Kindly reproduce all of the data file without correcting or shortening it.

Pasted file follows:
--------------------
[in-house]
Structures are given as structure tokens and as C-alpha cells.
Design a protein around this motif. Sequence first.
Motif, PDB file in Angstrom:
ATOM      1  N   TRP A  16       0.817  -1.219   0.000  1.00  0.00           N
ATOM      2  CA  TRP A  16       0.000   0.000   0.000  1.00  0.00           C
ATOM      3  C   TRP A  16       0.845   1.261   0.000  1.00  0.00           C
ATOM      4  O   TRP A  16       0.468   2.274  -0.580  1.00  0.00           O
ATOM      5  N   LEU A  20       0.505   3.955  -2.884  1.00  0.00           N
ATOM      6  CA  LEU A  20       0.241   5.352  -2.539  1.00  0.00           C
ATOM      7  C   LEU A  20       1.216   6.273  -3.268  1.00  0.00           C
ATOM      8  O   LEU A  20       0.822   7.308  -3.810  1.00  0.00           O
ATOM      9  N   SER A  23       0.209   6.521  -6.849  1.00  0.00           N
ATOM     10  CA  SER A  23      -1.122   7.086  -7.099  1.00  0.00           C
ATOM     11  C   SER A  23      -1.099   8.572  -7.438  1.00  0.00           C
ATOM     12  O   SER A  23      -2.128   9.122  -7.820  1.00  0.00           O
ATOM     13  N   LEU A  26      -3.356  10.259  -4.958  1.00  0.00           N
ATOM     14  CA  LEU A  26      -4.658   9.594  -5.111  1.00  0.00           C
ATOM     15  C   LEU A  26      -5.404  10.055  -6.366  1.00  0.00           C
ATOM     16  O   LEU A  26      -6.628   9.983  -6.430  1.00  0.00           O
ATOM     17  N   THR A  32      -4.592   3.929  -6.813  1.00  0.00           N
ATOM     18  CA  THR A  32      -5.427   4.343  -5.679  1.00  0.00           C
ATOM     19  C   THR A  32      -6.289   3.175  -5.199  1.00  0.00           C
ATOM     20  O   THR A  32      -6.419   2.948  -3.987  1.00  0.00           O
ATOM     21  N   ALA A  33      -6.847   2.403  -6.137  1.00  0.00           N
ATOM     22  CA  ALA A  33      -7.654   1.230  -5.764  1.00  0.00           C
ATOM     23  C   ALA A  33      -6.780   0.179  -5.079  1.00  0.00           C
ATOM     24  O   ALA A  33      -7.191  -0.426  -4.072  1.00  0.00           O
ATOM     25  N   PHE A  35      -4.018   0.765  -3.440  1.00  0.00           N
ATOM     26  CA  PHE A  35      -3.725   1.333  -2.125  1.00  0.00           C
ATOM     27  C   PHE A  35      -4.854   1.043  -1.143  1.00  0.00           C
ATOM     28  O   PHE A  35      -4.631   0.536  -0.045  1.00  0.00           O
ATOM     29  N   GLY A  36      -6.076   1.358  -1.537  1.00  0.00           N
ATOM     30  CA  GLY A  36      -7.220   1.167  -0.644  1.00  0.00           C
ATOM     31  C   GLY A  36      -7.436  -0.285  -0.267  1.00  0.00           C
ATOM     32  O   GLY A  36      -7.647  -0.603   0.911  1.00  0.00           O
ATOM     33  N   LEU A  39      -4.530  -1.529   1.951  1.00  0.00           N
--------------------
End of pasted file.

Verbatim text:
[in-house]
Structures are given as structure tokens and as C-alpha cells.
Design a protein around this motif. Sequence first.
Motif, PDB file in Angstrom:
ATOM      1  N   TRP A  16       0.817  -1.219   0.000  1.00  0.00           N
ATOM      2  CA  TRP A  16       0.000   0.000   0.000  1.00  0.00           C
ATOM      3  C   TRP A  16       0.845   1.261   0.000  1.00  0.00           C
ATOM      4  O   TRP A  16       0.468   2.274  -0.580  1.00  0.00           O
ATOM      5  N   LEU A  20       0.505   3.955  -2.884  1.00  0.00           N
ATOM      6  CA  LEU A  20       0.241   5.352  -2.539  1.00  0.00           C
ATOM      7  C   LEU A  20       1.216   6.273  -3.268  1.00  0.00           C
ATOM      8  O   LEU A  20       0.822   7.308  -3.810  1.00  0.00           O
ATOM      9  N   SER A  23       0.209   6.521  -6.849  1.00  0.00           N
ATOM     10  CA  SER A  23      -1.122   7.086  -7.099  1.00  0.00           C
ATOM     11  C   SER A  23      -1.099   8.572  -7.438  1.00  0.00           C
ATOM     12  O   SER A  23      -2.128   9.122  -7.820  1.00  0.00           O
ATOM     13  N   LEU A  26      -3.356  10.259  -4.958  1.00  0.00           N
ATOM     14  CA  LEU A  26      -4.658   9.594  -5.111  1.00  0.00           C
ATOM     15  C   LEU A  26      -5.404  10.055  -6.366  1.00  0.00           C
ATOM     16  O   LEU A  26      -6.628   9.983  -6.430  1.00  0.00           O
ATOM     17  N   THR A  32      -4.592   3.929  -6.813  1.00  0.00           N
ATOM     18  CA  THR A  32      -5.427   4.343  -5.679  1.00  0.00           C
ATOM     19  C   THR A  32      -6.289   3.175  -5.199  1.00  0.00           C
ATOM     20  O   THR A  32      -6.419   2.948  -3.987  1.00  0.00           O
ATOM     21  N   ALA A  33      -6.847   2.403  -6.137  1.00  0.00           N
ATOM     22  CA  ALA A  33      -7.654   1.230  -5.764  1.00  0.00           C
ATOM     23  C   ALA A  33      -6.780   0.179  -5.079  1.00  0.00           C
ATOM     24  O   ALA A  33      -7.191  -0.426  -4.072  1.00  0.00           O
ATOM     25  N   PHE A  35      -4.018   0.765  -3.440  1.00  0.00           N
ATOM     26  CA  PHE A  35      -3.725   1.333  -2.125  1.00  0.00           C
ATOM     27  C   PHE A  35      -4.854   1.043  -1.143  1.00  0.00           C
ATOM     28  O   PHE A  35      -4.631   0.536  -0.045  1.00  0.00           O
ATOM     29  N   GLY A  36      -6.076   1.358  -1.537  1.00  0.00           N
ATOM     30  CA  GLY A  36      -7.220   1.167  -0.644  1.00  0.00           C
ATOM     31  C   GLY A  36      -7.436  -0.285  -0.267  1.00  0.00           C
ATOM     32  O   GLY A  36      -7.647  -0.603   0.911  1.00  0.00           O
ATOM     33  N   LEU A  39      -4.530  -1.529   1.951  1.00  0.00           N